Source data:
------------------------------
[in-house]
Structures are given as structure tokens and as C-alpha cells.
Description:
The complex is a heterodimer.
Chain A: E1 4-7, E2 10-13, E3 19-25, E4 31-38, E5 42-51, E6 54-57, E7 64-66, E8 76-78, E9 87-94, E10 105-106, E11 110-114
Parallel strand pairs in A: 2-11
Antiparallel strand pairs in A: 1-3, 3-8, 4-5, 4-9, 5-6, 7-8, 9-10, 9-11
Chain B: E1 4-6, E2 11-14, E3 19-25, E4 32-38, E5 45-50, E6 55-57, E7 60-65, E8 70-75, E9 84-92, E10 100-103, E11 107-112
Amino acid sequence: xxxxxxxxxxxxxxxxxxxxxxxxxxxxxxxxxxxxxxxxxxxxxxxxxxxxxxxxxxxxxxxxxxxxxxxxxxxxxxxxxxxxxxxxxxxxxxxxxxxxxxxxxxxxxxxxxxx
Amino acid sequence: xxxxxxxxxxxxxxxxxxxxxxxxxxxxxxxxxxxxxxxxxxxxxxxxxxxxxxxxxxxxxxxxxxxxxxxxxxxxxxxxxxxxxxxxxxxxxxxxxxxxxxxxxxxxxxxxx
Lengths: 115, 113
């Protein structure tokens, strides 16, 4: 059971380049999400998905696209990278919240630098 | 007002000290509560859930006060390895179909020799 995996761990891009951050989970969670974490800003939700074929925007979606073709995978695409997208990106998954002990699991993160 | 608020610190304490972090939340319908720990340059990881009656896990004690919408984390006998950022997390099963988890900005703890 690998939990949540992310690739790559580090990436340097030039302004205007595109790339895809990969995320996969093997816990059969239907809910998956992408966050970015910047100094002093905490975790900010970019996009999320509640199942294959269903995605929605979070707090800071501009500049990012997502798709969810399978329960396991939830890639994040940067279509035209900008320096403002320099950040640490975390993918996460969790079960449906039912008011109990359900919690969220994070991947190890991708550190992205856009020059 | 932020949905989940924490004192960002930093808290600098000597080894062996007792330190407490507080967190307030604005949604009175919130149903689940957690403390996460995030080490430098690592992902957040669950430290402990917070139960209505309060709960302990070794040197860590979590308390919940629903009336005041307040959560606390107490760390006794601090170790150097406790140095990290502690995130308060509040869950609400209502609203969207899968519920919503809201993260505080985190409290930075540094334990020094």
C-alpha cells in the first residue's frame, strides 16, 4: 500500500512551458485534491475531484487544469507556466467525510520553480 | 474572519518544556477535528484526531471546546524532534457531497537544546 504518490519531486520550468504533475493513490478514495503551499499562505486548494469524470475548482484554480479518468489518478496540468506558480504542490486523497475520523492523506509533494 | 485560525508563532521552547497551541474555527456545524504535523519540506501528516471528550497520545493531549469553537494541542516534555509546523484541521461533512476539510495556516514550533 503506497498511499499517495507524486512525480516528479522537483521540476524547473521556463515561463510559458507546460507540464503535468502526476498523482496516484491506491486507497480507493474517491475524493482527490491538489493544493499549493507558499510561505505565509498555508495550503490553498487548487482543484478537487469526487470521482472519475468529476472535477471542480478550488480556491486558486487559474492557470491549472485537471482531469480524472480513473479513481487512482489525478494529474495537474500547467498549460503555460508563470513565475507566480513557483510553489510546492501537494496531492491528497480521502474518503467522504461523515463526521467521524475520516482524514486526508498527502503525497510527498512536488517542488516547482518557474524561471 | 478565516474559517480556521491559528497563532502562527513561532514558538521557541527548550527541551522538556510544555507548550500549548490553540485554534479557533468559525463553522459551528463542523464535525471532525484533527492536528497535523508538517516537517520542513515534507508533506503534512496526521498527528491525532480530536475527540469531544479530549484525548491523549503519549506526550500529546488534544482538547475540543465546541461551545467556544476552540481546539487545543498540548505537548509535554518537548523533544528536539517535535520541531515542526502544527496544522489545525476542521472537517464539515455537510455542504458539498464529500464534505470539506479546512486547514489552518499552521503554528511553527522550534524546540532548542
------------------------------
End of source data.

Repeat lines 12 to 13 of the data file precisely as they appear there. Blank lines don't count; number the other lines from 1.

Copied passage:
């Protein structure tokens, strides 16, 4: 059971380049999400998905696209990278919240630098 | 007002000290509560859930006060390895179909020799 995996761990891009951050989970969670974490800003939700074929925007979606073709995978695409997208990106998954002990699991993160 | 608020610190304490972090939340319908720990340059990881009656896990004690919408984390006998950022997390099963988890900005703890 690998939990949540992310690739790559580090990436340097030039302004205007595109790339895809990969995320996969093997816990059969239907809910998956992408966050970015910047100094002093905490975790900010970019996009999320509640199942294959269903995605929605979070707090800071501009500049990012997502798709969810399978329960396991939830890639994040940067279509035209900008320096403002320099950040640490975390993918996460969790079960449906039912008011109990359900919690969220994070991947190890991708550190992205856009020059 | 932020949905989940924490004192960002930093808290600098000597080894062996007792330190407490507080967190307030604005949604009175919130149903689940957690403390996460995030080490430098690592992902957040669950430290402990917070139960209505309060709960302990070794040197860590979590308390919940629903009336005041307040959560606390107490760390006794601090170790150097406790140095990290502690995130308060509040869950609400209502609203969207899968519920919503809201993260505080985190409290930075540094334990020094």
C-alpha cells in the first residue's frame, strides 16, 4: 500500500512551458485534491475531484487544469507556466467525510520553480 | 474572519518544556477535528484526531471546546524532534457531497537544546 504518490519531486520550468504533475493513490478514495503551499499562505486548494469524470475548482484554480479518468489518478496540468506558480504542490486523497475520523492523506509533494 | 485560525508563532521552547497551541474555527456545524504535523519540506501528516471528550497520545493531549469553537494541542516534555509546523484541521461533512476539510495556516514550533 503506497498511499499517495507524486512525480516528479522537483521540476524547473521556463515561463510559458507546460507540464503535468502526476498523482496516484491506491486507497480507493474517491475524493482527490491538489493544493499549493507558499510561505505565509498555508495550503490553498487548487482543484478537487469526487470521482472519475468529476472535477471542480478550488480556491486558486487559474492557470491549472485537471482531469480524472480513473479513481487512482489525478494529474495537474500547467498549460503555460508563470513565475507566480513557483510553489510546492501537494496531492491528497480521502474518503467522504461523515463526521467521524475520516482524514486526508498527502503525497510527498512536488517542488516547482518557474524561471 | 478565516474559517480556521491559528497563532502562527513561532514558538521557541527548550527541551522538556510544555507548550500549548490553540485554534479557533468559525463553522459551528463542523464535525471532525484533527492536528497535523508538517516537517520542513515534507508533506503534512496526521498527528491525532480530536475527540469531544479530549484525548491523549503519549506526550500529546488534544482538547475540543465546541461551545467556544476552540481546539487545543498540548505537548509535554518537548523533544528536539517535535520541531515542526502544527496544522489545525476542521472537517464539515455537510455542504458539498464529500464534505470539506479546512486547514489552518499552521503554528511553527522550534524546540532548542